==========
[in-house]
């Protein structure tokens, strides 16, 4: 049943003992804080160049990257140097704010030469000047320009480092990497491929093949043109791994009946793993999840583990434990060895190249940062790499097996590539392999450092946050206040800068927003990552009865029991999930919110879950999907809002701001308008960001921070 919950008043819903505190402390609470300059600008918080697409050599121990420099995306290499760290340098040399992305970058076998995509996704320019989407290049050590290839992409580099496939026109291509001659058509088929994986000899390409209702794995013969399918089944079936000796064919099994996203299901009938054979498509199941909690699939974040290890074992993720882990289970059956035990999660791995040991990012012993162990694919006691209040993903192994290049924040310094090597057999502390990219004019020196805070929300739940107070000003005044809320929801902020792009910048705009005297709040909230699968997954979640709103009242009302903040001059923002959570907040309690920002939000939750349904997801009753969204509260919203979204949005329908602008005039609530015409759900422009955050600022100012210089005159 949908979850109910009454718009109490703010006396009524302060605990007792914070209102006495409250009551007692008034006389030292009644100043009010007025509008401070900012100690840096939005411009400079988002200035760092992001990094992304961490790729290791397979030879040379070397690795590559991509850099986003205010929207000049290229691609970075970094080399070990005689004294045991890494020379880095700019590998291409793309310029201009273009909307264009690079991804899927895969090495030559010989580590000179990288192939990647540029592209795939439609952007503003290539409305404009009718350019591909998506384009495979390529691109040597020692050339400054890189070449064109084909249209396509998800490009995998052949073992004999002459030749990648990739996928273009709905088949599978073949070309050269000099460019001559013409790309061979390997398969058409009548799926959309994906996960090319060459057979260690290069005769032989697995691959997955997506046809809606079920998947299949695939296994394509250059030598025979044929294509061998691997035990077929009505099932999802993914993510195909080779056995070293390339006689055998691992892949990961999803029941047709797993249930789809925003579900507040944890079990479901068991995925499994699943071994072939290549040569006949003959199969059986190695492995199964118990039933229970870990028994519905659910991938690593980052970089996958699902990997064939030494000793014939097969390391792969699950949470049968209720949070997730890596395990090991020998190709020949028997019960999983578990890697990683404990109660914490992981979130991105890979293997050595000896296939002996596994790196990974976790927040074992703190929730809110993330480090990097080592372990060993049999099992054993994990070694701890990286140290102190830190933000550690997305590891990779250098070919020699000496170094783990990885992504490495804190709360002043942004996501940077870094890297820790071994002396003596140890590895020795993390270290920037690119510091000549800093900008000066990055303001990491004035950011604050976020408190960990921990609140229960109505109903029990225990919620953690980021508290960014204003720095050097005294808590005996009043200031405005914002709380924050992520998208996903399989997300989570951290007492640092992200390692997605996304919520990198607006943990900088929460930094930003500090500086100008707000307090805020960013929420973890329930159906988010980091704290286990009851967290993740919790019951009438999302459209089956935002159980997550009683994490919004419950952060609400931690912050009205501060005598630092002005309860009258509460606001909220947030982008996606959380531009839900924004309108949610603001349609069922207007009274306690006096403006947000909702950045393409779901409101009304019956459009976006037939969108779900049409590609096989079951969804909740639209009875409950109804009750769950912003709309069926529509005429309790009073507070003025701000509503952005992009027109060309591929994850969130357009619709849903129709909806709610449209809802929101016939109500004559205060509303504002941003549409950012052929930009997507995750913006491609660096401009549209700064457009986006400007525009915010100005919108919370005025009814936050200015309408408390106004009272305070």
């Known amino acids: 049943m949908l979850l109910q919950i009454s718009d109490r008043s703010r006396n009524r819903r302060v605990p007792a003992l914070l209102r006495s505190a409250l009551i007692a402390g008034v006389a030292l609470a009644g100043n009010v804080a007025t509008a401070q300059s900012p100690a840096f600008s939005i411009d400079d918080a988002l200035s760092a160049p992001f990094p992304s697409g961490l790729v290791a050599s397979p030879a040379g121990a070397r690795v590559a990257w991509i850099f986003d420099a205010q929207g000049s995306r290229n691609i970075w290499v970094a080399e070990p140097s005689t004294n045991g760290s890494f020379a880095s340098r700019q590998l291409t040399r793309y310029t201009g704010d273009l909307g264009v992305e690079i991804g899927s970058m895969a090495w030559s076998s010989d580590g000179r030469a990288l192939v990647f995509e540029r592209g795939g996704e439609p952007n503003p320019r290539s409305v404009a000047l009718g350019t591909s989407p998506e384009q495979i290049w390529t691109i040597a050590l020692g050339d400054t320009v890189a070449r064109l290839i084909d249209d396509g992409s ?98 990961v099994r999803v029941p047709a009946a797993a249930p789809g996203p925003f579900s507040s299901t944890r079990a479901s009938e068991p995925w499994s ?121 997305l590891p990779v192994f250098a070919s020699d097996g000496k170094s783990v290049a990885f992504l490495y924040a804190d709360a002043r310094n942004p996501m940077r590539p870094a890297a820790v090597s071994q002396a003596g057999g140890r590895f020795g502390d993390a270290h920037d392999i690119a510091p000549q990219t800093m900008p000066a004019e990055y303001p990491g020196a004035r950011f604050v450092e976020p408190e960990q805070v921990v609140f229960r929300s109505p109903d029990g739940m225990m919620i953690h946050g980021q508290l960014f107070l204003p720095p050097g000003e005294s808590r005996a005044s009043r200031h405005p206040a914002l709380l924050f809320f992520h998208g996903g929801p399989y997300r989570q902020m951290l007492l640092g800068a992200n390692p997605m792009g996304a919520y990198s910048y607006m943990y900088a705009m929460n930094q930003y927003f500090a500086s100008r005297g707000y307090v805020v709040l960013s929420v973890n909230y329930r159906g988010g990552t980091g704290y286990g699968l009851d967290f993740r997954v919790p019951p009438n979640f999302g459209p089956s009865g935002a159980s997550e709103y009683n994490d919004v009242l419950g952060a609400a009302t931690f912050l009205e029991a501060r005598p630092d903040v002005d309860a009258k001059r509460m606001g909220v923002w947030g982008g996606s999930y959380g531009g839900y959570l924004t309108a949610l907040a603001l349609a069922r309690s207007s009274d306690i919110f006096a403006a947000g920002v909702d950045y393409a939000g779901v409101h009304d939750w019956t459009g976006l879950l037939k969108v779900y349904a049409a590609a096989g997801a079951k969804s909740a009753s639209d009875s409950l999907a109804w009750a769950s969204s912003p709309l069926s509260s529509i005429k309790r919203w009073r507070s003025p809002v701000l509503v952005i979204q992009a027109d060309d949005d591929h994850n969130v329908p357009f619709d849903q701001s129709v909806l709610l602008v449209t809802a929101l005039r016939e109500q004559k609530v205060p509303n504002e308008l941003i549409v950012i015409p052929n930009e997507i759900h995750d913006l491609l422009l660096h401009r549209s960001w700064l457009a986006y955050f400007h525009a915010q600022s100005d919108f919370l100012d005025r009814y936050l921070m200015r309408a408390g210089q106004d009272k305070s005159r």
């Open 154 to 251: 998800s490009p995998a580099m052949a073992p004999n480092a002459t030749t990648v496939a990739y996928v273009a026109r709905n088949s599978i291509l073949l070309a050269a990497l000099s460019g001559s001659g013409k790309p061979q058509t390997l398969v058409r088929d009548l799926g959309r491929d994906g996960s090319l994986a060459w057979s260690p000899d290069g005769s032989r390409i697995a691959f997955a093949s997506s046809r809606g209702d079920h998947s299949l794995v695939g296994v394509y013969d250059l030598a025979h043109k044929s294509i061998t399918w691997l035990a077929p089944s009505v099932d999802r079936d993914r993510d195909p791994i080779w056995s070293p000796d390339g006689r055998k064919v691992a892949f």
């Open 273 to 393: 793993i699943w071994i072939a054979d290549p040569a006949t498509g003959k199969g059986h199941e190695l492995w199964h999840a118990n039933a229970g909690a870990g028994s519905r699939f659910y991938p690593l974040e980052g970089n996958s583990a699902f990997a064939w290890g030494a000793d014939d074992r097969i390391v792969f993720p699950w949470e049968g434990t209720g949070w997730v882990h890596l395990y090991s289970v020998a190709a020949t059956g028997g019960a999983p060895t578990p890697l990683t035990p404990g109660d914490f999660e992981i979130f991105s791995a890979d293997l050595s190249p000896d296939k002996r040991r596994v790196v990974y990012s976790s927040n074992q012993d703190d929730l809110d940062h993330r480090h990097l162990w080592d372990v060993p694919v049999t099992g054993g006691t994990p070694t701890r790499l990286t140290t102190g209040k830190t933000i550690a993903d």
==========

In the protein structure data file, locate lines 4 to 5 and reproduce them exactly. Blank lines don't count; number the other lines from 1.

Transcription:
């Open 154 to 251: 998800s490009p995998a580099m052949a073992p004999n480092a002459t030749t990648v496939a990739y996928v273009a026109r709905n088949s599978i291509l073949l070309a050269a990497l000099s460019g001559s001659g013409k790309p061979q058509t390997l398969v058409r088929d009548l799926g959309r491929d994906g996960s090319l994986a060459w057979s260690p000899d290069g005769s032989r390409i697995a691959f997955a093949s997506s046809r809606g209702d079920h998947s299949l794995v695939g296994v394509y013969d250059l030598a025979h043109k044929s294509i061998t399918w691997l035990a077929p089944s009505v099932d999802r079936d993914r993510d195909p791994i080779w056995s070293p000796d390339g006689r055998k064919v691992a892949f």
């Open 273 to 393: 793993i699943w071994i072939a054979d290549p040569a006949t498509g003959k199969g059986h199941e190695l492995w199964h999840a118990n039933a229970g909690a870990g028994s519905r699939f659910y991938p690593l974040e980052g970089n996958s583990a699902f990997a064939w290890g030494a000793d014939d074992r097969i390391v792969f993720p699950w949470e049968g434990t209720g949070w997730v882990h890596l395990y090991s289970v020998a190709a020949t059956g028997g019960a999983p060895t578990p890697l990683t035990p404990g109660d914490f999660e992981i979130f991105s791995a890979d293997l050595s190249p000896d296939k002996r040991r596994v790196v990974y990012s976790s927040n074992q012993d703190d929730l809110d940062h993330r480090h990097l162990w080592d372990v060993p694919v049999t099992g054993g006691t994990p070694t701890r790499l990286t140290t102190g209040k830190t933000i550690a993903d």